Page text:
5. If he is sleeping on the bed, have him sleep elsewhere in your room until you have established yourself as alpha.

6. Practice giving him a bone or toy and then take it away and praise him if he lets you take it and then give it back so he will learn that you take away but give back, too.

IMHO showing your dog you are alpha can be subtle. Sometimes I swear I think it is an attitude of confidence as much as anything. I've read that a dog is happier to have you as alpha but if there is no alpha in the house, the dog will assume the role out of necessity.

If you are alpha, your baby will let you take anything out of her mouth. But still, don't startle her. When I want to take something from K's or C's mouth I will tell them to drop it and talk to them in a way that they know what I am going to do because I do it the same way every time.

If after a while, you don't see an improvement, you may want to get a trainer to come to your home so they can see how you interact with her. Also, you should start some obedience classes.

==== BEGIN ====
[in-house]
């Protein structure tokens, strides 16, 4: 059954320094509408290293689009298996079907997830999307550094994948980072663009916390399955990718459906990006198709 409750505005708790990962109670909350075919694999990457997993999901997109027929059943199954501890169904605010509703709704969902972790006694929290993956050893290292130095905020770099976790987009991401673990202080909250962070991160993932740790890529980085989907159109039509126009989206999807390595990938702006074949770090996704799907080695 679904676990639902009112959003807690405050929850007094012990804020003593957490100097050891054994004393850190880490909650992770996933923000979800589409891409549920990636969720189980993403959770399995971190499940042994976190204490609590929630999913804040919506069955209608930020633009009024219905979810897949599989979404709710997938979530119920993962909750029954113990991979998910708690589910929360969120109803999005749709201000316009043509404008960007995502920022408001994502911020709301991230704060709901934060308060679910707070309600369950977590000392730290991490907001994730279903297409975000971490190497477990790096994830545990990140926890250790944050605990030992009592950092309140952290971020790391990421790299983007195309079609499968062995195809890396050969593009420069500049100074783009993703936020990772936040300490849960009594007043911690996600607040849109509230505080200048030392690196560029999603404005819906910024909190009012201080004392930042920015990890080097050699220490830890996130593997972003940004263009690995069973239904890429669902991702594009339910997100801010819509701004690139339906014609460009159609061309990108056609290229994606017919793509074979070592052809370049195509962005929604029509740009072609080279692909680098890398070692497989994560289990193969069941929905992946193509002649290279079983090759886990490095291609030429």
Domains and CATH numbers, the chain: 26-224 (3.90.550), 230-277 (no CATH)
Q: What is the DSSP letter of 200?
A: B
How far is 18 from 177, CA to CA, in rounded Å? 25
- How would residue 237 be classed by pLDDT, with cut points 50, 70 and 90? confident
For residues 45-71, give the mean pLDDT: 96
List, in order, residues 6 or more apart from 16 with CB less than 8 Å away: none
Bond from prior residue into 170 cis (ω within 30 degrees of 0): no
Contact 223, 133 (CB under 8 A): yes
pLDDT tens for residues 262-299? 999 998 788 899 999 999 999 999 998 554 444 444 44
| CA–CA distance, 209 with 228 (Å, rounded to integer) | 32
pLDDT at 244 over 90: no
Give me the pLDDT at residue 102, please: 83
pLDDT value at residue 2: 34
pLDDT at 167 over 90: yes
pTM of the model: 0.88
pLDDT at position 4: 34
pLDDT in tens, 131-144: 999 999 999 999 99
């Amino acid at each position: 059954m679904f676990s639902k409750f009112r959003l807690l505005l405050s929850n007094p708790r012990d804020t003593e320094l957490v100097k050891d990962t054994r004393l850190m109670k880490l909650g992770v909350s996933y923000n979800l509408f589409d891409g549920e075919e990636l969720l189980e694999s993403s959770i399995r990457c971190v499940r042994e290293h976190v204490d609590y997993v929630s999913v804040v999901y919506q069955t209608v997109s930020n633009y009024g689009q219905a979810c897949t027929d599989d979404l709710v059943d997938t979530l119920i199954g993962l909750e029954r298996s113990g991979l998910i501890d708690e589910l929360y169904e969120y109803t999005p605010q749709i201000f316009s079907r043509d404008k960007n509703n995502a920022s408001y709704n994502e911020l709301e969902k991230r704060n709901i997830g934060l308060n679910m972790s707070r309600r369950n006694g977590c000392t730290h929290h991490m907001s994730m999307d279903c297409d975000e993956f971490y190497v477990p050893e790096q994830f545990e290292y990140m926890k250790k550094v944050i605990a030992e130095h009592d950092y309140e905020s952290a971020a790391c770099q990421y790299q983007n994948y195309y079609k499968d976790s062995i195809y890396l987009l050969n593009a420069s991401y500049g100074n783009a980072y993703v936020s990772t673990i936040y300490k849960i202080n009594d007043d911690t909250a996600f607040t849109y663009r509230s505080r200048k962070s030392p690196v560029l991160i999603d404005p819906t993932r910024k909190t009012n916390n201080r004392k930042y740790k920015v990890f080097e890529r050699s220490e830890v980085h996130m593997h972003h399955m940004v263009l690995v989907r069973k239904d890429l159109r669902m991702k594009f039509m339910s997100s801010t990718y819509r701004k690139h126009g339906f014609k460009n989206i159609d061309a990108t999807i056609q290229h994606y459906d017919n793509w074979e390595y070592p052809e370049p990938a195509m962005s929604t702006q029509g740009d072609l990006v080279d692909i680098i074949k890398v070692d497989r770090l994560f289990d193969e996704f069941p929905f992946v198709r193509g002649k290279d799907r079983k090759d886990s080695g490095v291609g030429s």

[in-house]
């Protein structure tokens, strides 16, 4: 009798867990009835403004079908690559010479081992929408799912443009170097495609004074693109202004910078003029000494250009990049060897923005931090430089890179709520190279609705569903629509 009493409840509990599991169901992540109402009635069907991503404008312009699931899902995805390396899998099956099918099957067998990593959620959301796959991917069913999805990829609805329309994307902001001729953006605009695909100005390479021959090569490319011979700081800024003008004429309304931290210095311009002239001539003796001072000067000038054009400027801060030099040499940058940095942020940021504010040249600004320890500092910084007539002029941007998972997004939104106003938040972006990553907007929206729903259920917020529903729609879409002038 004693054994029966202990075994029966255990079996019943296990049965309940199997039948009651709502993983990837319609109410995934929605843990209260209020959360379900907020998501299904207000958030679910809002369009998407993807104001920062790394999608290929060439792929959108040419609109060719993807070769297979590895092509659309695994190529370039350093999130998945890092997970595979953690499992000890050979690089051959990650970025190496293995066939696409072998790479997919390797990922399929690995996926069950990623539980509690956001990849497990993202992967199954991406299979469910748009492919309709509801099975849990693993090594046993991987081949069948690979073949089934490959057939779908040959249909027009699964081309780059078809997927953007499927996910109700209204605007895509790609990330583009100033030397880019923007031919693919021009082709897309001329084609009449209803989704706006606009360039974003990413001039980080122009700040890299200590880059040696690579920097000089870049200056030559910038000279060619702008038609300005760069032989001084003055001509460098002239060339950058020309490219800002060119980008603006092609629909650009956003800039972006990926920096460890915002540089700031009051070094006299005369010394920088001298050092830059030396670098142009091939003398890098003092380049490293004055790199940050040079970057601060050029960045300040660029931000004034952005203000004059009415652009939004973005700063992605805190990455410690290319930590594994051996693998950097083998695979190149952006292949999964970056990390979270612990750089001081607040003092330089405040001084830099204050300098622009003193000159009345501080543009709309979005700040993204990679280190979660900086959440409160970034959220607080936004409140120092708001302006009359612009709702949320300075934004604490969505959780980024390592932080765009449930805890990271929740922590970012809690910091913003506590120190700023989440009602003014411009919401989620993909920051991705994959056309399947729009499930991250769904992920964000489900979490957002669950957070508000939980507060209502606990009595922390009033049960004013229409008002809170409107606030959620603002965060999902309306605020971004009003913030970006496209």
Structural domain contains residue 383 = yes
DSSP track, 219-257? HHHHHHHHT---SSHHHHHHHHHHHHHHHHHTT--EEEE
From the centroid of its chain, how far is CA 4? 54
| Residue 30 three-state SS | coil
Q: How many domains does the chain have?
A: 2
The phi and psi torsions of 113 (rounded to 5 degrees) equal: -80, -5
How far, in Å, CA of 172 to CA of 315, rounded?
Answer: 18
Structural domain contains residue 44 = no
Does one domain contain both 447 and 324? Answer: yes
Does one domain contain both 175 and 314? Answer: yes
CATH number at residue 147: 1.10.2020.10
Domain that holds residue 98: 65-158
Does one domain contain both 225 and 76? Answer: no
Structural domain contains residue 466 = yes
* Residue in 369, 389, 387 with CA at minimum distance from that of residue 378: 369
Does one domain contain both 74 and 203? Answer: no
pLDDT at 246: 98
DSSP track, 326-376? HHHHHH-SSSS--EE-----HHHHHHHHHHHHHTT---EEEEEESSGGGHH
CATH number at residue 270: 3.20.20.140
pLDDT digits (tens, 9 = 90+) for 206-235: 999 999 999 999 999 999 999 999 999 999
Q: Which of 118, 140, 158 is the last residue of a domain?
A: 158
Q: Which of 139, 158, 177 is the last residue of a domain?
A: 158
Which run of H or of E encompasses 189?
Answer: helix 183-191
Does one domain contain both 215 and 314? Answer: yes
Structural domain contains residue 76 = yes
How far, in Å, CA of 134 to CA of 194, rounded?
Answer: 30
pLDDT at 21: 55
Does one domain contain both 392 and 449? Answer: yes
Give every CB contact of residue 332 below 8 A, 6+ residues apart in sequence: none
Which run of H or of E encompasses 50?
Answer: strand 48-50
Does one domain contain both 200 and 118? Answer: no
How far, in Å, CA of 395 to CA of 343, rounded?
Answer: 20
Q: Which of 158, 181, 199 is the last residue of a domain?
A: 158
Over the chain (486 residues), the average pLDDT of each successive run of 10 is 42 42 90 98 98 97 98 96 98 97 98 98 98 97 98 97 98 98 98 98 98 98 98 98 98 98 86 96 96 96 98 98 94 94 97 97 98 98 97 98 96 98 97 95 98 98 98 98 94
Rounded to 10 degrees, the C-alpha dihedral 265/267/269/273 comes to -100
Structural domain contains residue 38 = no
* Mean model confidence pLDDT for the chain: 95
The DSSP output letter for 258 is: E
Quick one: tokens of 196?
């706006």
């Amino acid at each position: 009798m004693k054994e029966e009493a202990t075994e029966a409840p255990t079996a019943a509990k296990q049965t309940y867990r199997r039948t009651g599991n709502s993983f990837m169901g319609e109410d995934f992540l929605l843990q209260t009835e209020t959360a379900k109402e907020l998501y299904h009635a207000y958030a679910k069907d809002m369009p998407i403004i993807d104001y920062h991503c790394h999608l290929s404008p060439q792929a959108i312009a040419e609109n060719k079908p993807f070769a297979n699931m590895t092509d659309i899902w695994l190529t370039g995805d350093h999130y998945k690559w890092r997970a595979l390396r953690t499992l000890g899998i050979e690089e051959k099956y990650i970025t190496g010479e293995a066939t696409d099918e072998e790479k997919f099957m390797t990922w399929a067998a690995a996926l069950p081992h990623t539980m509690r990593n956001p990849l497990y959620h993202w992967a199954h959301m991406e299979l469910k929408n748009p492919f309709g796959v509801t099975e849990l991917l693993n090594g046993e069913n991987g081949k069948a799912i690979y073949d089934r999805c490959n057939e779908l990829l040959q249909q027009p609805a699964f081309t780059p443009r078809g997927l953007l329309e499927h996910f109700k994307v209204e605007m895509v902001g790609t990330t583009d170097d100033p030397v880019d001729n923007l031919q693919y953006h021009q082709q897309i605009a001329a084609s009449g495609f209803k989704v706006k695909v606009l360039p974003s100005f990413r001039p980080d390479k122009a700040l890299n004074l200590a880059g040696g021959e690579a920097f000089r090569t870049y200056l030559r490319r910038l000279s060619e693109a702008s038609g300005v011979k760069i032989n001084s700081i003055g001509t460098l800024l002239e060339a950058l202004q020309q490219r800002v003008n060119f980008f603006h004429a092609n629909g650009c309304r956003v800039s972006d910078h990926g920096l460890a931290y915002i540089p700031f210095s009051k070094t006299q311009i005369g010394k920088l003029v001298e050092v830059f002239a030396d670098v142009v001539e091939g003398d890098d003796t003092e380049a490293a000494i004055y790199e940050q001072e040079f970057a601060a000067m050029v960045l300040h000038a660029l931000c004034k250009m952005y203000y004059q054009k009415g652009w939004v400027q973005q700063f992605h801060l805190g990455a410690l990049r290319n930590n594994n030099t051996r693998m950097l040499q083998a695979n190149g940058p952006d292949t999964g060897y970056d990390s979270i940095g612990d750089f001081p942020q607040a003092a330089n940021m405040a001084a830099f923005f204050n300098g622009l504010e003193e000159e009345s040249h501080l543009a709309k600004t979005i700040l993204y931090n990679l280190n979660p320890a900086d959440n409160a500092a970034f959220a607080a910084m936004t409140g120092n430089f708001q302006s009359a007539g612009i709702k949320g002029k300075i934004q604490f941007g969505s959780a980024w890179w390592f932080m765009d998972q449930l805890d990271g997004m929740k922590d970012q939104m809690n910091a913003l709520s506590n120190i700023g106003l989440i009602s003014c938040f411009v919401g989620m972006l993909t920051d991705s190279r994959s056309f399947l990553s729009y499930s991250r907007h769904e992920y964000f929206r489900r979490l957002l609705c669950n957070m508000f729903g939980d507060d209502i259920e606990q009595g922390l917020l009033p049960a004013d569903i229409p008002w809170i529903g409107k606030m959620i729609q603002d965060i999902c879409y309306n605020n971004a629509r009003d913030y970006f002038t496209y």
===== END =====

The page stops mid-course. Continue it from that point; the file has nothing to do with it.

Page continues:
She is young enough that this behavior can be changed before it becomes a habit but it'll take a little work on your part.

Best of luck to you!
 

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You need to take care of this ASAP.

K/C I was used to dogs and still made the mistake to put my hand in Alex's crate to take out a bone in his mouth when he was a baby. I just forgot it's a NEW dog.
He snapped and bit me. The instant he snapped I yelled at him so loud that he got the scare of his life. He understood at that moment who was ALPHA. I did not had to use n° 1 to 5. But I did n° 6. And another thing, don't show them that you are afraid. Don't be, snap back.
I am careful too now if I want to take something out of his mouth. If he has something that he really wants to keep he growls but does not bite.
This afternoon I took a look at his paw because he was licking it (he does not like to show it when he does that), He gave me that "nice smile" you know but he did not dare bite. I told him he does not need to show me his teeth, I know they are nice